“Everything Everywhere All at Once” star Stephanie Hsu would like to take the opportunity to dispel one myth that has perpetuated about the breakout multiversal dramedy written and directed by Daniel Kwan and Daniel Scheinert (AKA Daniels), that has now become A24’s most successful film at the box office.
“Yes, most of the script was scripted,” said the Best Supporting Actress contender to IndieWire, in reference to the idea that there is little difference between what was in the script and what made it to the screen. But when it came to her character, a supernaturally defiant daughter driven by resentment toward her disapproving mother, “we really let Jobu let her hair down per se, and unleash chaos. And, in fact, Daniels would often tell me, ‘OK, we’re doing Jobu now. Just mess up the whole thing. … Break the movie.’”
For IndieWire’s final Awards Spotlight of the Winter 2023 season, Hsu and co-star Ke Huy Quan talked about the familial bonds at the core of the zany, inventive, heartrending Michelle Yeoh vehicle, and the unexpected ways it has resonated with filmgoers of all backgrounds.
Speaking to the development of his character Waymond Wang, who at once plays a passive role in the story, as a loving husband who just wants to recapture the attention of his at-sea wife Evelyn (Yeoh), and also is the catalyst for her across the multiverse journey toward self-discovery, Quan said, “One of the things that was really important to me, was that the audience is able to distinguish these three different versions [of Waymond] just based on how he stands, he sits, he walks, how he moves.”
The former “Goonies” star, who had taken a near-30-year break from acting in reaction to the dearth of good roles available to him, but is now a Best Supporting Actor frontrunner, said to prepare himself for his grand return to the silver screen, he hired various coaches, including one for dialogue (“I haven’t spoken written dialogue in a long time”). A movement coach was also key to finding a way for the audience to determine which Waymond they are seeing at any given time. “They kind of move a little differently. I hope the audience can just distinguish which version they are,” the actor said.
With her characters Joy and Jobu, Hsu’s task with Daniels was to convey “how nihilism would manifest in a villain who was so powerful that she almost didn’t care how powerful she was,” said the actress. “My favorite thing that we created in the room and in filming was we created this shorthand of a third character called Joy-bu, and that was a combination of Joy and Jobu. And so we would do scenes that were perhaps written clearly as Jobu, but then we would do it again, do another take as this third entity, Joy-bu, which to me, is the very core essence of that character’s throughline because she is both the daughter and the villain and just the daughter at the end.”
Going back again to the reality of how Jobu was actually transferred from script to screen, she said, “It’s a testament also still to Daniels because the bones of the script are there. But specifically with Jobu they gave me so much rein to completely surprise not only them, but myself.”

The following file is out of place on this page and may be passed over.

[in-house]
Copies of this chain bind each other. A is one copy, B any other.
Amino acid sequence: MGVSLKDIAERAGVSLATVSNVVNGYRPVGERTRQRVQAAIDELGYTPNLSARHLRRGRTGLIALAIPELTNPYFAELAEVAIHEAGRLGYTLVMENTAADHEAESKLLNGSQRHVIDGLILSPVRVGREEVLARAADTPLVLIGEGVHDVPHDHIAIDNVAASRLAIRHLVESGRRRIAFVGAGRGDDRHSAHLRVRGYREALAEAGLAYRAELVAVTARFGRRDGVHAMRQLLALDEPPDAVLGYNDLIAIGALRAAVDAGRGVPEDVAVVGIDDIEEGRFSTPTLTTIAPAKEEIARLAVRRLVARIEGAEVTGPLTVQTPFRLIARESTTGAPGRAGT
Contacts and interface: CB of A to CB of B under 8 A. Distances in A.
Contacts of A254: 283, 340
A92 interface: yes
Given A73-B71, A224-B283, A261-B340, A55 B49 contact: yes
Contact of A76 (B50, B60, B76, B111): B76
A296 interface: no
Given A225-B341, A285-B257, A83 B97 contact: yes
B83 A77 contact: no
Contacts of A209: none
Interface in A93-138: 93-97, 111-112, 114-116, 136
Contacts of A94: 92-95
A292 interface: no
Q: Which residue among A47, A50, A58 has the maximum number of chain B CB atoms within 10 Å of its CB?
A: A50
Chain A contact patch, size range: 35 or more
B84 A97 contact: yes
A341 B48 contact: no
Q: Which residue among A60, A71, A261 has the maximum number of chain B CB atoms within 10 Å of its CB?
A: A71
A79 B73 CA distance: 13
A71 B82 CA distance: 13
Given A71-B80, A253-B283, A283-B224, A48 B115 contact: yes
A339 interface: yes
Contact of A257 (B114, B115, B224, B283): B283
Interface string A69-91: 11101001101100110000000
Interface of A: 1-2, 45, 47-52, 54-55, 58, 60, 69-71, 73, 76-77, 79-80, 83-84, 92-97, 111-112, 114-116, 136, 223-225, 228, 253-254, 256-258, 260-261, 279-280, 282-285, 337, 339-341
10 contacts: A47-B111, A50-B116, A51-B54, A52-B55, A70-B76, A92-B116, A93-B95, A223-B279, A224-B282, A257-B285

Though “Everything Everywhere All at Once” centers their characters’ individual relationships to Yeoh’s Evelyn, Hsu and Quan had an important implicit understanding of Joy and Waymond’s relationship.
“He’s always there for her. He’s always supporting her. That’s how he is and that’s why he’s able to give that powerful speech at the third act of [the] movie, to be kind. And that’s who Waymond is,” said the actor.
“It can almost become frustrating when your father or your parent doesn’t understand the depths of your sadness. But as we, of course, learn in Waymond’s journey, it’s how he chooses to fight,” responded Hsu. “It’s not because he’s naive, it’s a choice; a conscious choice he has made to also keep the family together. And I do feel like I remember filming and feeling genuinely supported by Waymond’s love. Obviously because of Ke’s extraordinary performance.”
Though the project was something both stars truly believed in artistically, the huge commercial success of “Everything Everywhere All at Once” and its awards season staying power did not necessarily cross Hsu and Quan’s minds while making the film.
“I kept thinking if our movie would make our money back, I will be so grateful already, because A24 or another movie company can see that ‘Oh, this is doable.’ And then they would greenlight more stories like this,” said the actor. “It is so important that it’s centered around a Chinese family, but it somehow transcends identity politics and becomes a universal story about just a family,” said the actress, hitting on how the film has found universal appeal in its specificity.
“We have all groups of people, all colors of people, all walks of life come up, and when they talk about our movie, I mean, it really resonated with them,” said Quan. “They would cry in the middle of the conversation about how much our movie has impacted them, impacted their life, and how it’s changed their life. That is something that we did not expect.”
Hsu sees the continued success of “Everything Everywhere All at Once” as not just a win for the cast and crew, or a win for A24, but a win for theatrical releases in general. “I just want movies to never die. I just want us to keep making things that bring us closer together and help us process what continues to be a very complicated, confusing existence,” said the actress. “And I hope that what our film has done has shaken up the industry just a little bit so that no one can ever say again that an indie film can’t make it in the box office or make a huge impact. People still want to go to the movie theaters. People still want to be together and feel something.”
Watch the full discussion between Quan and Hsu above.
“Everything Everywhere All at Once” is now available to stream across digital platforms.